If you’re looking at a top-tier smartphone, the phone part tends to play second fiddle. You’re really buying a camera. Here are some of the best phone cameras in Australia right now.
The best camera is the one you have on you, so why wouldn’t you want that camera to be as good as possible? You’re hardly going to give your friends FOMO if your food porn looks like it was taken on a potato.
So, whether you want to capture precious memories or just make it look like you’re living your best life.
Best Phone Cameras: OPPO Find X2 Pro
Rear-facing camera setup: 48MP primary lens + 48MP ultra-wide lens + 13MP 5x telephoto lens
OPPO phones keep getting better every year, and the Find X2 Pro further reinforces that. With its latest flagship, OPPO has gone from having decent cameras to having one of the best.
The Find X2 Pro has a triple lens setup that’s about as versatile as they come. The primary lens takes excellent photos in any condition, including complete darkness. The zoom lens can still get great results when you push it to 10x magnification. And while ultra-wide lenses often feel like a compromise when compared to a phone’s standard lens, the Find X2 Pro’s is pretty much on par.
Better yet, at $1,599 outright, the Find X2 Pro is one of the more affordable flagship smartphones around.
Here are a couple of OPPO Find X2 Pro camera samples:
And here are a few OPPO Find X2 Pro plans:
You can read our thoughts on the OPPO Find X2 Pro here.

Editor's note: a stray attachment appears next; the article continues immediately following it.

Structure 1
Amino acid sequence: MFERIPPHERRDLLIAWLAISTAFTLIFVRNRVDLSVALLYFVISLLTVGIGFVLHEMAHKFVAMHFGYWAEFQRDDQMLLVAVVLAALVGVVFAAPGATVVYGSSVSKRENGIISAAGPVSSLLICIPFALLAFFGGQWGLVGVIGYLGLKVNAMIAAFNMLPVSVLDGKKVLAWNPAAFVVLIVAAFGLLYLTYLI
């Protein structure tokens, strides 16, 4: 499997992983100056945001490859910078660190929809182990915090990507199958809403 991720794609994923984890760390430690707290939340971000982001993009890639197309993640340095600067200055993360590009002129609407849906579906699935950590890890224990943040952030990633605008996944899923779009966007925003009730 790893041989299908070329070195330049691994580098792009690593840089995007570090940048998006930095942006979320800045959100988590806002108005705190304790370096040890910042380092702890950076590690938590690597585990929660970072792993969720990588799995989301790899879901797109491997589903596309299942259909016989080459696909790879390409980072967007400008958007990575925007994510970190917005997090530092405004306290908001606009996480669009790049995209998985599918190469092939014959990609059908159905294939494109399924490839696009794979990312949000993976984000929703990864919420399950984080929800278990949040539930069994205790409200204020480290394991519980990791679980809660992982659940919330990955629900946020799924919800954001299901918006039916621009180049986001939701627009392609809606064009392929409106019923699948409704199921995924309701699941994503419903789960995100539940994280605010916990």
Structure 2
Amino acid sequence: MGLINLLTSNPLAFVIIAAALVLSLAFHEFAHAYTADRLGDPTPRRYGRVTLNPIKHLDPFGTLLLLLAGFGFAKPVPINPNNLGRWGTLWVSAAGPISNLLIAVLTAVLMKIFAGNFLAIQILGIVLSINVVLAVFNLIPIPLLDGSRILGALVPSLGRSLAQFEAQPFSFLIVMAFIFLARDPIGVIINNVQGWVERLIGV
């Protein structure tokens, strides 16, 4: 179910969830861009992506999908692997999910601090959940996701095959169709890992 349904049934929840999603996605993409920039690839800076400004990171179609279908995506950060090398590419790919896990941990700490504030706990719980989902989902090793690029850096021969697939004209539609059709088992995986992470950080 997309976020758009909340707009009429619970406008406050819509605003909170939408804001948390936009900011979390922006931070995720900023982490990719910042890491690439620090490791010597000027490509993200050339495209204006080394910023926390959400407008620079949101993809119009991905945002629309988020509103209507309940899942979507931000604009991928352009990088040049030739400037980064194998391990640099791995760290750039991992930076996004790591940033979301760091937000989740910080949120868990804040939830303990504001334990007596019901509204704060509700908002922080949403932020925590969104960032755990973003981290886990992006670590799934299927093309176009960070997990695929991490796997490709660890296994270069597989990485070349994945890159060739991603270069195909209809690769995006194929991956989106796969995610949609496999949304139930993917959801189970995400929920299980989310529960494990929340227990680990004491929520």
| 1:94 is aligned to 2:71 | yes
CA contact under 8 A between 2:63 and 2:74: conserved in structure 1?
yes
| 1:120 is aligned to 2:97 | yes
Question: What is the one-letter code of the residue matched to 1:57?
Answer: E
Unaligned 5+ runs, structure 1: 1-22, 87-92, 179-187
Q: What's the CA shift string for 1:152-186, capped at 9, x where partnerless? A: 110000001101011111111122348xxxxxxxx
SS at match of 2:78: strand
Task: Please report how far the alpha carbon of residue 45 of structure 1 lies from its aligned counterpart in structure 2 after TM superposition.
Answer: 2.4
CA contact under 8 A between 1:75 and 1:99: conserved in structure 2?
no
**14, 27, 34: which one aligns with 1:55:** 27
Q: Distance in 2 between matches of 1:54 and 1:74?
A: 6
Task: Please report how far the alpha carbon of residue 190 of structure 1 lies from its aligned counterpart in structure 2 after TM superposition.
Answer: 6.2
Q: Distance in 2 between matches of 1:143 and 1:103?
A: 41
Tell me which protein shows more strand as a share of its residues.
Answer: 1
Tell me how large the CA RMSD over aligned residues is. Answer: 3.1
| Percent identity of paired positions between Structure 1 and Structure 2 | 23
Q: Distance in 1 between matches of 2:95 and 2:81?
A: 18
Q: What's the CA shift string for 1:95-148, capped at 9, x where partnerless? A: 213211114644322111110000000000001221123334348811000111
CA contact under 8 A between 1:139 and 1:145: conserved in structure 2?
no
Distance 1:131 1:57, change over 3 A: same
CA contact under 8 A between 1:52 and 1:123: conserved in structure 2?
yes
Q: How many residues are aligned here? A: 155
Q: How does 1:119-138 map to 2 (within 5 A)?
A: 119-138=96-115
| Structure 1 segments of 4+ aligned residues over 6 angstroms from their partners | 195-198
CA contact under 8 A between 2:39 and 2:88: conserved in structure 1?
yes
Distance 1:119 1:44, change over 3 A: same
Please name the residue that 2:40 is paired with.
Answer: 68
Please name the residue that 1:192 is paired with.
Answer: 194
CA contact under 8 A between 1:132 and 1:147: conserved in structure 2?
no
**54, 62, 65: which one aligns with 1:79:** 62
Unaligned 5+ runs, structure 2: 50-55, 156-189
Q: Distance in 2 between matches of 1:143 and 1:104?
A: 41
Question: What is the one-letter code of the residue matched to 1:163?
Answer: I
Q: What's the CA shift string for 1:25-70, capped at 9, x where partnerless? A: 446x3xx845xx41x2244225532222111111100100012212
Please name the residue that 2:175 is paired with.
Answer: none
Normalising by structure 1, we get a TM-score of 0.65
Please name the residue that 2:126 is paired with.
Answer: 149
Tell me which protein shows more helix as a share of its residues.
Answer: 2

Best Phone Cameras: Google Pixel 4a
Rear-facing camera setup: 12.2MP primary lens.
Last year’s Pixel 3a proved that you didn’t need to spend four figures to get an excellent camera, and Google has only reinforced this with the Pixel 4a. The $599 smartphone is cheaper than last year’s model, but can rival $1,999 phones like the Galaxy Note 20 Ultra in terms of photographic prowess.
No matter what kind of environment you’re shooting in, the Pixel 4a can get a great shot – and does so consistently. There’s also a whole host of software features including a fantastic portrait mode, astrophotography, and better than expected digital zoom.
The only sacrifice you make by picking the Pixel 4a over a more expensive smartphone is the lack of other lenses. The Pixel 4a has just one rear-facing camera, which is a bit of an oddity for 2020. But hey, I’d much prefer to have one amazing camera than four average ones.
As with the Pixel 3a before it, the Pixel 4a camera is so much better than its price tag would suggest. It’s not just the best camera on a midrange phone, the Pixel 4a has one of the best cameras around, full stop.
Here are a couple of Google Pixel 4a camera samples:
And here’s a look at some Pixel 4a plans (note: it’s currently only available on Vodafone):
You can read our Google Pixel 4a review here.
iPhone 11 Pro
Rear-facing camera setup: 12MP primary lens + 12MP 2x zoom lens + 12MP ultra-wide lens.
Camera quality was one of the largest improvements brought around by the iPhone 11 Pro family, with the devices touting better lowlight photography and an all new ultra-wide lens. Apple went from playing catch-up to being up there with the best of the best.